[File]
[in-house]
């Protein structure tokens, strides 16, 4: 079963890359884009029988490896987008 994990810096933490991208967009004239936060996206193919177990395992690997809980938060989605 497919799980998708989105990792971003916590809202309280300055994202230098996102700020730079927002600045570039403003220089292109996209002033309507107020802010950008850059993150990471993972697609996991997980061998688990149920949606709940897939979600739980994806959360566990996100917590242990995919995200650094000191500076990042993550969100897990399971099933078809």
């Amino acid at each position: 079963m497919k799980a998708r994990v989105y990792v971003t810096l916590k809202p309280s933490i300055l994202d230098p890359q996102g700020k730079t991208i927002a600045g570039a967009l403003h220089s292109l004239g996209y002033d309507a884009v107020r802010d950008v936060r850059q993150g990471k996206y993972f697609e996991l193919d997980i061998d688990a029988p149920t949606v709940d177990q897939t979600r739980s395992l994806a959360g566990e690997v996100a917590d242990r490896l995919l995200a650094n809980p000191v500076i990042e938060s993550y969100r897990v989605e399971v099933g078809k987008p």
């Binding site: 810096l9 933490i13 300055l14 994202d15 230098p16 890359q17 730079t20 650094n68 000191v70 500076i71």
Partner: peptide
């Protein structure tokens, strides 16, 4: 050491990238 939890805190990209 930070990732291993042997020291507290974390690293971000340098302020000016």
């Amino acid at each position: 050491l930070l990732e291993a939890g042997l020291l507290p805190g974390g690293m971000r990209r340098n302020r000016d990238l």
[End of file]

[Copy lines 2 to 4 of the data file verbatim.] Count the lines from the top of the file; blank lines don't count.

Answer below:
């Protein structure tokens, strides 16, 4: 079963890359884009029988490896987008 994990810096933490991208967009004239936060996206193919177990395992690997809980938060989605 497919799980998708989105990792971003916590809202309280300055994202230098996102700020730079927002600045570039403003220089292109996209002033309507107020802010950008850059993150990471993972697609996991997980061998688990149920949606709940897939979600739980994806959360566990996100917590242990995919995200650094000191500076990042993550969100897990399971099933078809």
């Amino acid at each position: 079963m497919k799980a998708r994990v989105y990792v971003t810096l916590k809202p309280s933490i300055l994202d230098p890359q996102g700020k730079t991208i927002a600045g570039a967009l403003h220089s292109l004239g996209y002033d309507a884009v107020r802010d950008v936060r850059q993150g990471k996206y993972f697609e996991l193919d997980i061998d688990a029988p149920t949606v709940d177990q897939t979600r739980s395992l994806a959360g566990e690997v996100a917590d242990r490896l995919l995200a650094n809980p000191v500076i990042e938060s993550y969100r897990v989605e399971v099933g078809k987008p």
């Binding site: 810096l9 933490i13 300055l14 994202d15 230098p16 890359q17 730079t20 650094n68 000191v70 500076i71």